Scientists are developing robots with hairy electronic skin that can “feel” its surroundings, an advance that may give people with prosthetic limbs a better sense of touch. “We are interested in integrating the sensor into robotic arms for people with disabilities to give them the capability to feel a complex environment and handle things more easily,” said Lifeng Hao, a researcher at the Harbin Institute of Technology in China.
Human skin relies on hair for its sense of touch. Fine hair, which covers 95 per cent of the human body, helps people feel the slightest breeze, Hao said. To mimic the human sense of touch, researchers built artificial hairs using magnetic cobalt-based microwires -commonly used filaments that are as flexible as human hairs.
They found that minute pressure changes altered the orientation of magnetic particles in the microwires, influencing the electrical fields in nearby sensors.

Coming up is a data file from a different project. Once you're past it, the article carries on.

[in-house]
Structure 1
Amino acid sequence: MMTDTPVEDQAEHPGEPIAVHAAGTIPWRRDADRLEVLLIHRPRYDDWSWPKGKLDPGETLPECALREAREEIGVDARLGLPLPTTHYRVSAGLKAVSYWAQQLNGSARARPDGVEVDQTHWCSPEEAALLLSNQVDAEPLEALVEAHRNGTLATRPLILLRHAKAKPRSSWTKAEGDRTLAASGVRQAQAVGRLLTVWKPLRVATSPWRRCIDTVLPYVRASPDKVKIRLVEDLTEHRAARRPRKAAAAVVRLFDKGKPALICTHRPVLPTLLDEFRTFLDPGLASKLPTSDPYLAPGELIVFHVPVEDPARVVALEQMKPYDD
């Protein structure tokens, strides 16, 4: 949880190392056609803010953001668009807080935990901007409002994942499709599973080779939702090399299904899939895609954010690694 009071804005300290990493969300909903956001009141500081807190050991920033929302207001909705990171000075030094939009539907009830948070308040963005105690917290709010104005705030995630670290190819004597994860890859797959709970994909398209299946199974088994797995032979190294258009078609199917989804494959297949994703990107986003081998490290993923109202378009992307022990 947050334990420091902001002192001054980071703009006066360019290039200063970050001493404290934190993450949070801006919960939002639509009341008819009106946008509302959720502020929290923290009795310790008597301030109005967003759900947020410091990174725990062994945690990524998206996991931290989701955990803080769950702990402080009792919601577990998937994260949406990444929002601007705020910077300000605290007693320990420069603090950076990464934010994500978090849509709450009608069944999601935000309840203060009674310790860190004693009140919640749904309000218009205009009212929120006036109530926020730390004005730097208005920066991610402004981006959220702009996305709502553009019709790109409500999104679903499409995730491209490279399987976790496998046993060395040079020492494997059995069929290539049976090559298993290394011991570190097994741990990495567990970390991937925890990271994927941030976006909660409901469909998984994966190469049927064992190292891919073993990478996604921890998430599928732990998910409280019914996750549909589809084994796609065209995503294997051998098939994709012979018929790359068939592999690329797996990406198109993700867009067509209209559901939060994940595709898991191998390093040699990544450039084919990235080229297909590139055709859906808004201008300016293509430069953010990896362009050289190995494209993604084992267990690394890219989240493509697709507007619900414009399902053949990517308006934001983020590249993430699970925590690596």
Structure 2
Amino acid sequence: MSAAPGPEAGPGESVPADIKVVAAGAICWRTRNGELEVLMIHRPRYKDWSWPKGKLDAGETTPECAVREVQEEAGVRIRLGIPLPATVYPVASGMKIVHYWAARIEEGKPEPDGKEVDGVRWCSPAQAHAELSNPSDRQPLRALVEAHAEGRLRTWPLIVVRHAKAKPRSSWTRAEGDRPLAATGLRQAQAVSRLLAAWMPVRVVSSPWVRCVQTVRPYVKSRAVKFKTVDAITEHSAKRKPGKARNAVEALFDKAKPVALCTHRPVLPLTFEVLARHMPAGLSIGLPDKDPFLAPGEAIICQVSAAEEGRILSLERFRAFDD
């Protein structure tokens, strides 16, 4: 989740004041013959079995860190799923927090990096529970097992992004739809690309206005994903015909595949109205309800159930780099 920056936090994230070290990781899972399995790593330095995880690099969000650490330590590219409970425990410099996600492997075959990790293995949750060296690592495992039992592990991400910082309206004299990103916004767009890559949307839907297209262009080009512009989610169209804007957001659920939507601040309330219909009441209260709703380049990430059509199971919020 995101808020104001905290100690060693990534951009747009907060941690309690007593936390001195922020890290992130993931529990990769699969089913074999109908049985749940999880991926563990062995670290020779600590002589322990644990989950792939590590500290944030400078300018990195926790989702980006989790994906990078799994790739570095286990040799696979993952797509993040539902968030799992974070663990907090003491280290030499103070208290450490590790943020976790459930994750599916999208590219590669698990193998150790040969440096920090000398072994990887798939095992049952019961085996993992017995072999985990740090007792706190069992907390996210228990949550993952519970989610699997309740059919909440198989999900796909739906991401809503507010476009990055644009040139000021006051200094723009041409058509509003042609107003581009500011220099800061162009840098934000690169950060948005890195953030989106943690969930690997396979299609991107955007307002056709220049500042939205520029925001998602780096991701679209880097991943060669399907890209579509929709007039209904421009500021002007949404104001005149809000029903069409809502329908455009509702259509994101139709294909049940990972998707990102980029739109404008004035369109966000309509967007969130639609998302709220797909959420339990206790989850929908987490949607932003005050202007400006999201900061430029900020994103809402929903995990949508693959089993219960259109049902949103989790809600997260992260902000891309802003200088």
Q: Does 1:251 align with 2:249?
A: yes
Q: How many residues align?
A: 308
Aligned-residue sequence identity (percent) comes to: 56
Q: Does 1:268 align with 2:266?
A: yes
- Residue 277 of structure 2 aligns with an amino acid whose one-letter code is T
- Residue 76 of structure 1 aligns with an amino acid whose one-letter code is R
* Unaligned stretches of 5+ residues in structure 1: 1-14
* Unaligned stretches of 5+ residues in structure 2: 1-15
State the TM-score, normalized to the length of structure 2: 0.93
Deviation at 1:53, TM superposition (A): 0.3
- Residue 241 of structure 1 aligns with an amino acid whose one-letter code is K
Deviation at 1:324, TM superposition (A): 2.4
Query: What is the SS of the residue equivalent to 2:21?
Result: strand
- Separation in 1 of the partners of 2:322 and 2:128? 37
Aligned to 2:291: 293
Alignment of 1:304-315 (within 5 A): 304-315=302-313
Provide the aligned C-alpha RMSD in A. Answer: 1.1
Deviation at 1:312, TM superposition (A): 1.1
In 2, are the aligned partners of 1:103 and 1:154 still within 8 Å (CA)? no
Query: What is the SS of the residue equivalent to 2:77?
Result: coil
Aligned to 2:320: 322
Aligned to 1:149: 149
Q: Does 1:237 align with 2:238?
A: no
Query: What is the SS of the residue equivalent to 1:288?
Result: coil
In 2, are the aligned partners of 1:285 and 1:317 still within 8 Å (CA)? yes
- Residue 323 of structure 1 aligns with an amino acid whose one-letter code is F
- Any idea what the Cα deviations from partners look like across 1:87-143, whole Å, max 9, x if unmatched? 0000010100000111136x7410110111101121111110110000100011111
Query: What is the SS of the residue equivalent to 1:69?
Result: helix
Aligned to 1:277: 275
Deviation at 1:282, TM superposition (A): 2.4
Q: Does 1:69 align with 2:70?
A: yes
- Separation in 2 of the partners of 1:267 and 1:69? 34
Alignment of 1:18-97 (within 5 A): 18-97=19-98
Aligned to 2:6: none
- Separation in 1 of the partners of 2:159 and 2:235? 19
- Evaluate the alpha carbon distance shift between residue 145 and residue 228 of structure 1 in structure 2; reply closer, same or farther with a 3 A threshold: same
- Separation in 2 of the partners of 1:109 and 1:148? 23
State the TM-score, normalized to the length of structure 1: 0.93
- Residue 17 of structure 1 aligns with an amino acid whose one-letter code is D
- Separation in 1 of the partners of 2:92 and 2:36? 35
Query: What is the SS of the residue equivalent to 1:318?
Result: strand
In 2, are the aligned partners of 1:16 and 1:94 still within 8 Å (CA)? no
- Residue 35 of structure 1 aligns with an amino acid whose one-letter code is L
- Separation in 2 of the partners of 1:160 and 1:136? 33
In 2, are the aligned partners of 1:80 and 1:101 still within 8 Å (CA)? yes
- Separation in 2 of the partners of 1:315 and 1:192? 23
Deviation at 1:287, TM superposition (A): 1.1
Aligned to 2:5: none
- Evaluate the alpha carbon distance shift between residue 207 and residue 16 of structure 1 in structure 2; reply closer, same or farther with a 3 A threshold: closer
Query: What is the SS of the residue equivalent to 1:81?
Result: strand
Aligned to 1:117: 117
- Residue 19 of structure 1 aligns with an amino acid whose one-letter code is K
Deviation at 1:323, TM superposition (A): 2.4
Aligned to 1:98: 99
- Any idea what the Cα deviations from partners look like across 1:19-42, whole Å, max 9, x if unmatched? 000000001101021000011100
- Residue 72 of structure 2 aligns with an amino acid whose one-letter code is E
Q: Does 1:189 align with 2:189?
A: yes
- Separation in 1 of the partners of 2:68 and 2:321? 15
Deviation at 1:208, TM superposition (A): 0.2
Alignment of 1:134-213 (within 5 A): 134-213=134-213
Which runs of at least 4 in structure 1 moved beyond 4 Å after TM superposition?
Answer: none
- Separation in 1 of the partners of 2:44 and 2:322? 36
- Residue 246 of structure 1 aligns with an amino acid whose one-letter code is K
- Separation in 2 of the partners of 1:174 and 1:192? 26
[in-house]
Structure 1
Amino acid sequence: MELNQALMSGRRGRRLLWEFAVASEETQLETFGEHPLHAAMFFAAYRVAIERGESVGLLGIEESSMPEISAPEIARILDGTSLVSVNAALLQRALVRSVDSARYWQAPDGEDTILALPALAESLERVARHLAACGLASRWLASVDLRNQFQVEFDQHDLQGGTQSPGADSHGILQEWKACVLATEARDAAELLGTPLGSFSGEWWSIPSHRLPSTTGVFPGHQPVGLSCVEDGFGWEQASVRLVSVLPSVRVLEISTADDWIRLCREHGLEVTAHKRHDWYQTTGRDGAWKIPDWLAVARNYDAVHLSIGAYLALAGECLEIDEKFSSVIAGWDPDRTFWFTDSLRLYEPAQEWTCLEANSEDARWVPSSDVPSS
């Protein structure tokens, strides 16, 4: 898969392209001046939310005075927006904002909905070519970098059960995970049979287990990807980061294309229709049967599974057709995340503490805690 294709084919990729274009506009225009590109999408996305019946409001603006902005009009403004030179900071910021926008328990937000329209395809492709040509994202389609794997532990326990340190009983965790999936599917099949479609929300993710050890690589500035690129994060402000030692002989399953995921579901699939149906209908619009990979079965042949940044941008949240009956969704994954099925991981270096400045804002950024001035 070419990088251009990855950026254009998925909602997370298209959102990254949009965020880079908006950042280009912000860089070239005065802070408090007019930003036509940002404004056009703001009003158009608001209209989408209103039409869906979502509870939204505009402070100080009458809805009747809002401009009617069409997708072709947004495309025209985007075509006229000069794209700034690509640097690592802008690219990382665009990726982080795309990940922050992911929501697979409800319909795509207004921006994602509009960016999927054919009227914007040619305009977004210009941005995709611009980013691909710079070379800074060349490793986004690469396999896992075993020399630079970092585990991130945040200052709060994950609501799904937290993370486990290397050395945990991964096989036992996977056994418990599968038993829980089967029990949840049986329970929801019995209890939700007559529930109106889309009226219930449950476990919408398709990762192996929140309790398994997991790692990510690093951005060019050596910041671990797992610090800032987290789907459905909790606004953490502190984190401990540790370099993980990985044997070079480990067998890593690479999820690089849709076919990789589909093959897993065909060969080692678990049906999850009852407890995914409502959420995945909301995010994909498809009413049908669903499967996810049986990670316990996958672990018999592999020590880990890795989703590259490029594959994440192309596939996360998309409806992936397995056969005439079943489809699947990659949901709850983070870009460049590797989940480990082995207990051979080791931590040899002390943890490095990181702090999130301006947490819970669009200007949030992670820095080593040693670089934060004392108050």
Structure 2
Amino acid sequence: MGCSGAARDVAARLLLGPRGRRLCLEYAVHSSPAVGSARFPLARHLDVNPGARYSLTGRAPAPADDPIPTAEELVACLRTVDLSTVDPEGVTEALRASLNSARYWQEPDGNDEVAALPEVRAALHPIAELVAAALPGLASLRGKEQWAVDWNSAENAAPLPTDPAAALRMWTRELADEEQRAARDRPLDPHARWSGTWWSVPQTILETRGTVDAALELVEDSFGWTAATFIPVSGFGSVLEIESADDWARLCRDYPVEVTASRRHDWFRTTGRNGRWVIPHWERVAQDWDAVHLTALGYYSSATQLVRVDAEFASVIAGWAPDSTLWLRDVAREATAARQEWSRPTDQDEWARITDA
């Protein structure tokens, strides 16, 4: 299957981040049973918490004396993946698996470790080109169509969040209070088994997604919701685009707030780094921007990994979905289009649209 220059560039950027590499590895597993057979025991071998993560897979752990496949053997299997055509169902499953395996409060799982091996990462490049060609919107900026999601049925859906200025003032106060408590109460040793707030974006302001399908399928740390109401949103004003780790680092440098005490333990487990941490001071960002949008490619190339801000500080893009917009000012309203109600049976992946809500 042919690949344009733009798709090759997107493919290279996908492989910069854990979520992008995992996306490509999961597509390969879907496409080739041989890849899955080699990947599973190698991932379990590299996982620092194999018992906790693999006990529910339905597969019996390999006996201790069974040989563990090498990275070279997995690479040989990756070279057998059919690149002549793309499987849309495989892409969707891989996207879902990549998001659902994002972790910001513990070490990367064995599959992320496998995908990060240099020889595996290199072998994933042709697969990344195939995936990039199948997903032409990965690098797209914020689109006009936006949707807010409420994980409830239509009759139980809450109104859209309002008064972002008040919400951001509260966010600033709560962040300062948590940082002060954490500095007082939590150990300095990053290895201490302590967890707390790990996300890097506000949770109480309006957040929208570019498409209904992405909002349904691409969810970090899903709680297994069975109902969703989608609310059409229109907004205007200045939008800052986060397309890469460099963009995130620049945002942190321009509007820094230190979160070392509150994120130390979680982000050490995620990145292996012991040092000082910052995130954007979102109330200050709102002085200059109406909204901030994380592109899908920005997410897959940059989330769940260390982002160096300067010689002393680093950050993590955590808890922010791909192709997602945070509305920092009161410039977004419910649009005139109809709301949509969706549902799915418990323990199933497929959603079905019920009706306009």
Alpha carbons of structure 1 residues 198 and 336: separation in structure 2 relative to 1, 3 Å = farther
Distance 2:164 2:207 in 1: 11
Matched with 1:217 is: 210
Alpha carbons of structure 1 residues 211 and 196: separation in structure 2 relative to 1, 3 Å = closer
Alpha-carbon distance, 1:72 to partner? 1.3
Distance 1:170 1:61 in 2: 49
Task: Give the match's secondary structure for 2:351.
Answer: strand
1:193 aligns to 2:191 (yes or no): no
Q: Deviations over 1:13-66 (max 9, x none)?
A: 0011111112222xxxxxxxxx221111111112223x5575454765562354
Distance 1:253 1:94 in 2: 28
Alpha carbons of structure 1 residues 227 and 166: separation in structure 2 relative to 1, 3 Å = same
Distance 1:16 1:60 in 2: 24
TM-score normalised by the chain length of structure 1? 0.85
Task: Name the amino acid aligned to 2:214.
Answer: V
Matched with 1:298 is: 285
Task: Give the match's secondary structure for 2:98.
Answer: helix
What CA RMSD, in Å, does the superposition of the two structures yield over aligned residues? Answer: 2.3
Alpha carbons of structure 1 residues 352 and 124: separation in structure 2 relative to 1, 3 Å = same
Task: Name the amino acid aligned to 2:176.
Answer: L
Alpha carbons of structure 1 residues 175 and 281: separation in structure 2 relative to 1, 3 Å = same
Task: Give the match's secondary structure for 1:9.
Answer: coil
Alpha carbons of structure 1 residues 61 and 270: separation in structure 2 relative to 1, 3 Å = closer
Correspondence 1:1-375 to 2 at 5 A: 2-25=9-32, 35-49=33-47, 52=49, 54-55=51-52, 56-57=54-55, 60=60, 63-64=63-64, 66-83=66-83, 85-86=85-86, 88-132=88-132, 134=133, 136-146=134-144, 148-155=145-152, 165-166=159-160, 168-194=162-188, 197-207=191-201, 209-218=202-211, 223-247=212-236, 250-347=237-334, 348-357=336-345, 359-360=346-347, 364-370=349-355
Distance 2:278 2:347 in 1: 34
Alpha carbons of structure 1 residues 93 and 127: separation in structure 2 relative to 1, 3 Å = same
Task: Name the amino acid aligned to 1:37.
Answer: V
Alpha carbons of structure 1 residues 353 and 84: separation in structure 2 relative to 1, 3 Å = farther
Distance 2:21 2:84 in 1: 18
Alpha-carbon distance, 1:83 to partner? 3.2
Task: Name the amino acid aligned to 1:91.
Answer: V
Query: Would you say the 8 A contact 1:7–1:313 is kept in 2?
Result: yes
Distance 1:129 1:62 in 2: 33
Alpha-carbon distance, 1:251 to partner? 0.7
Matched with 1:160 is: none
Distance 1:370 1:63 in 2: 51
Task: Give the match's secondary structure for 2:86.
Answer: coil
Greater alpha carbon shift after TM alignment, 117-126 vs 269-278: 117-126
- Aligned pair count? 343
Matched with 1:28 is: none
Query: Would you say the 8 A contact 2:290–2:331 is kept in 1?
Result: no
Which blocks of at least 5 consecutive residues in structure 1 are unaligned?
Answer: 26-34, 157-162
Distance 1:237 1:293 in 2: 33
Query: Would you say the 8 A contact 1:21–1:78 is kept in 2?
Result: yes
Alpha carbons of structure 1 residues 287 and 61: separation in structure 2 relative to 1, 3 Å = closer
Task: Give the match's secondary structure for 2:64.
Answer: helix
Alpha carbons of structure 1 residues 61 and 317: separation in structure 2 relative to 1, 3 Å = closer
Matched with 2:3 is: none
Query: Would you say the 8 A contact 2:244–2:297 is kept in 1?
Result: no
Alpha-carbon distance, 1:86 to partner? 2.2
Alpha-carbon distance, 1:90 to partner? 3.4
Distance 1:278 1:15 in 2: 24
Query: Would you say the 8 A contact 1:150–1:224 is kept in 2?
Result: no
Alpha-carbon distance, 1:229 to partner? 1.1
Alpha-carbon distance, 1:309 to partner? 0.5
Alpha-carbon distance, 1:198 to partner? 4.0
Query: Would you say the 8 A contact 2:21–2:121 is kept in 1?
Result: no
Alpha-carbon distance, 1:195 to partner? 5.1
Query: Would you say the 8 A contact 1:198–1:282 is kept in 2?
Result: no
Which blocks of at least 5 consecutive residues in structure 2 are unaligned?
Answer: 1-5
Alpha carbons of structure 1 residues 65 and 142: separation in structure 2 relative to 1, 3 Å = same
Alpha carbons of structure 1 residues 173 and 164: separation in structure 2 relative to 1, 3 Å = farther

The scientists embedded their artificial hairs in silicone rubber. In experiments, this synthetic, hairy skin could detect pressures that were induced by a 2.55 kilogram weight and a fly that only weighed about 0.015 grams.
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The hairs also detected light breezes that had a wind speed of just 10.8 kilometres per hour, the ‘Live Science’ reported.
Researchers said that the ability of robotic or prosthetic hands to detect slip and friction is key to ensuring that these artificial limbs can hold items without dropping them.
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